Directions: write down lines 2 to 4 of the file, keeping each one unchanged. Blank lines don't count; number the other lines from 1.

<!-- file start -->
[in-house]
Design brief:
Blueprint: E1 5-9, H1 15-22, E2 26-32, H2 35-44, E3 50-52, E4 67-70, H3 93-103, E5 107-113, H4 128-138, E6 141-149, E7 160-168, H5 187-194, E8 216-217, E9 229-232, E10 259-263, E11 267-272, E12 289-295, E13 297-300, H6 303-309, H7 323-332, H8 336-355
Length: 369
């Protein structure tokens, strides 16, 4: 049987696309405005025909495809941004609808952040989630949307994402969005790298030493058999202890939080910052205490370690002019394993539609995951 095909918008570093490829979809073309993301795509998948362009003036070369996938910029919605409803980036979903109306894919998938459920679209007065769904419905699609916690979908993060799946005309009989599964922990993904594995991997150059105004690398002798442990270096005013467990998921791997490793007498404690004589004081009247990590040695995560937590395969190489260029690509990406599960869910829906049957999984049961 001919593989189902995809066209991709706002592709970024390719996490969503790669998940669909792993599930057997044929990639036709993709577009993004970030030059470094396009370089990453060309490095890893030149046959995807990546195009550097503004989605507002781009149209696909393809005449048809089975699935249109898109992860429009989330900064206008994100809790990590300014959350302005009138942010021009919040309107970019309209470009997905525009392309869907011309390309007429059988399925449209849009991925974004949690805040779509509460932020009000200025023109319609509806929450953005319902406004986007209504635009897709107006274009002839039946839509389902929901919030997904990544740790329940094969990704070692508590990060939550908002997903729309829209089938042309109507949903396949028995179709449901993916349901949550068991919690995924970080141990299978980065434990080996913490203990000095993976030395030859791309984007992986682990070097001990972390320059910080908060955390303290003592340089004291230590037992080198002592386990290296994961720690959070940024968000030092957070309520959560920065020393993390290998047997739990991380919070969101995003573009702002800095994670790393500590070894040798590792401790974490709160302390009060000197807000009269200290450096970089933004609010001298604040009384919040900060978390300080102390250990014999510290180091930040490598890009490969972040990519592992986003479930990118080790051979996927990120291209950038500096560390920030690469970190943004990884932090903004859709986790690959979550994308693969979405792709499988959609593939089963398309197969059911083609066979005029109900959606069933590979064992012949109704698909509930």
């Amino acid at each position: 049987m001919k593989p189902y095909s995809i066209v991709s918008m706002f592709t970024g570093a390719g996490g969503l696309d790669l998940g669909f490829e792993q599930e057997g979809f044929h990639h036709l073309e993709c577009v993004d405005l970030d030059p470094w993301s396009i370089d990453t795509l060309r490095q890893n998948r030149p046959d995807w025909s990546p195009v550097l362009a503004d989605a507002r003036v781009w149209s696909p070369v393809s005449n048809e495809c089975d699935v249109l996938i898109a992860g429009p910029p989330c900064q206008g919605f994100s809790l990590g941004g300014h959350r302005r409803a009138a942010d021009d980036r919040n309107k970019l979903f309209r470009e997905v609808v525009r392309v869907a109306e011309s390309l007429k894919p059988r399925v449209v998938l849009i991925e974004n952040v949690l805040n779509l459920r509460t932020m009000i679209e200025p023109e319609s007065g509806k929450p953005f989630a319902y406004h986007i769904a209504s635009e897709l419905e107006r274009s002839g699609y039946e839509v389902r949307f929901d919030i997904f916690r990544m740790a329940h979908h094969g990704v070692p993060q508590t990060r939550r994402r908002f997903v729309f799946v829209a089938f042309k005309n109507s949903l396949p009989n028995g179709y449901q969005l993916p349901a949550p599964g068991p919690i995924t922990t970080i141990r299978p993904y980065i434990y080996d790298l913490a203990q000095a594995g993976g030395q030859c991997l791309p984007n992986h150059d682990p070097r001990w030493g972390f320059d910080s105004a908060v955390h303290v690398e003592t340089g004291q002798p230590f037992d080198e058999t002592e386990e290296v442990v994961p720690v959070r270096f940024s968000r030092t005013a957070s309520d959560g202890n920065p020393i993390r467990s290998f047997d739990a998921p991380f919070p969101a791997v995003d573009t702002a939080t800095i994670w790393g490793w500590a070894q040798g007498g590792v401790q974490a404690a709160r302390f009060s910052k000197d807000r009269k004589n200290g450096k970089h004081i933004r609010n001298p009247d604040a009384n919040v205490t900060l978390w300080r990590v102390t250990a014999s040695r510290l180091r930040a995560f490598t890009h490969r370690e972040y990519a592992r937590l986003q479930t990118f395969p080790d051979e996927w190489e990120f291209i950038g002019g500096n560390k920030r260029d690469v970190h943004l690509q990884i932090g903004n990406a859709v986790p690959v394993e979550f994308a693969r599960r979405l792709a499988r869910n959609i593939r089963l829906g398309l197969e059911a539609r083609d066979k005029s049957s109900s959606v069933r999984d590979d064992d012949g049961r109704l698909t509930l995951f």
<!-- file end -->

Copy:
Design brief:
Blueprint: E1 5-9, H1 15-22, E2 26-32, H2 35-44, E3 50-52, E4 67-70, H3 93-103, E5 107-113, H4 128-138, E6 141-149, E7 160-168, H5 187-194, E8 216-217, E9 229-232, E10 259-263, E11 267-272, E12 289-295, E13 297-300, H6 303-309, H7 323-332, H8 336-355
Length: 369